Sure, applying for a single credit card (whether you’re approved or denied) won’t ruin your life. But it’s not to be done lightly either. What happens next could put you in a bad position, especially if you’re approved for a credit card you’re not really ready for.

2. It Could Negatively Affect Your Credit Score

Credit Karma is so confident in its algorithm in large part because it has an up-to-date bead on your credit score. It tracks your score using a tool called a soft pull, which isn’t the kind of credit check that lowers your credit score.

The kind of credit check the issuer uses when you actually apply for a credit card can temporarily lower your credit score, however. This effect happens whether you’re approved for the card or not. And by trivializing the credit card application process, Credit Karma makes it more likely that you’ll apply for cards you don’t need or aren’t ready for, negatively affecting your credit score each time.

3. It Could Impact Your Eligibility for Relevant Credit Card Offers

Apply for too many credit cards in a short period of time (12 to 24 months) and your credit score will decline to the point that you’re no longer eligible for the most relevant offers. You’ll still probably see some tailored offers in your Credit Karma dashboard, but they’re more likely to be for the sorts of lower-limit credit-building or balance transfer cards you thought you’d outgrown, rather than perks-laden premium travel credit cards.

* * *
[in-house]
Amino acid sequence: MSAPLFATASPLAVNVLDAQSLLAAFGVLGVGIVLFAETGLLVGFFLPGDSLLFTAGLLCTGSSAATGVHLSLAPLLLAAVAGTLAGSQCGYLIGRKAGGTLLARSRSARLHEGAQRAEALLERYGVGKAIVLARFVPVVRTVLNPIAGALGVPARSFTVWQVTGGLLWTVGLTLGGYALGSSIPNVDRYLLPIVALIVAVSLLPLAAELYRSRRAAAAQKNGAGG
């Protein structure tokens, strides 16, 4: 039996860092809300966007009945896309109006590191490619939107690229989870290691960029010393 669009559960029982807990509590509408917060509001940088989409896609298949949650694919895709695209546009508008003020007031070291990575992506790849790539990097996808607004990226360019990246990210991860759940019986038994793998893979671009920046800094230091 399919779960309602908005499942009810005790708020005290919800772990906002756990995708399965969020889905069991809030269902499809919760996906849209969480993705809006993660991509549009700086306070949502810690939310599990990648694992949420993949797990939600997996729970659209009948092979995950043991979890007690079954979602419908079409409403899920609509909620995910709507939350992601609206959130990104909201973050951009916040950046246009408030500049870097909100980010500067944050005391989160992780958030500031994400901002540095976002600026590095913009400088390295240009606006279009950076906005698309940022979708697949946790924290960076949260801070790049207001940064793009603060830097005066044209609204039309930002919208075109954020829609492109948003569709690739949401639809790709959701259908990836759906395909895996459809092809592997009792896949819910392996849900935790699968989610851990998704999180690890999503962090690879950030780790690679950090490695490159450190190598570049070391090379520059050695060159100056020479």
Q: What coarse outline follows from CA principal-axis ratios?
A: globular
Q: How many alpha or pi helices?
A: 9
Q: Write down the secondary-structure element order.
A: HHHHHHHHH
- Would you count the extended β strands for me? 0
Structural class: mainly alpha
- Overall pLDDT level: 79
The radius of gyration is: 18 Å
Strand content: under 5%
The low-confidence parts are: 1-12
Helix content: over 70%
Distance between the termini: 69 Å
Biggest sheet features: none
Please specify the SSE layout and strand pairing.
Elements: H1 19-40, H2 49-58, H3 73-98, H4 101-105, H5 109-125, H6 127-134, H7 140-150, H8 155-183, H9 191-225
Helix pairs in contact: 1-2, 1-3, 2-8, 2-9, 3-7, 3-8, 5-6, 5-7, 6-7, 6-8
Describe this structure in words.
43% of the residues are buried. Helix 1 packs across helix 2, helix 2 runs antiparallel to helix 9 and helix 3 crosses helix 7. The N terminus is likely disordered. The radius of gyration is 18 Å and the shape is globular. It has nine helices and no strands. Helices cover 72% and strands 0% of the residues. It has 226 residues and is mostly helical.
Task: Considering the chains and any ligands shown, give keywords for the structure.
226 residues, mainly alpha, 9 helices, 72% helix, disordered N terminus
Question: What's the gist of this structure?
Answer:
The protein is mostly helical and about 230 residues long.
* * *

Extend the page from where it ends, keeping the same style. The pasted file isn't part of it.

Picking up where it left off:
4. It Could Impact Your Future Credit Card Approval Chances

Separate from the potential credit score impact of too many applications in too short a period of time, the Karma Guarantee could put you in conflict with issuers’ internal application-frequency rules and temporarily freeze you out of large swathes of the credit card market.

Probably the best-known of these issuer-specific rules is Chase’s 5/24 rule, which automatically disqualifies you from approval for any Chase credit card (personal or business) if you’ve opened five or more personal credit cards with any issuer in the past 24 months. Yes, even if you have a perfect credit score and a bottomless bank account.

Because of issuer guidelines like the Chase 5/24 rule, it’s best only to apply for credit cards you actually need, when you need them. To the extent that the Karma Guarantee encourages you to apply for (and receive approval for) cards you don’t need, it could put you in a spot down the road where you’re unable to get a card you really do want.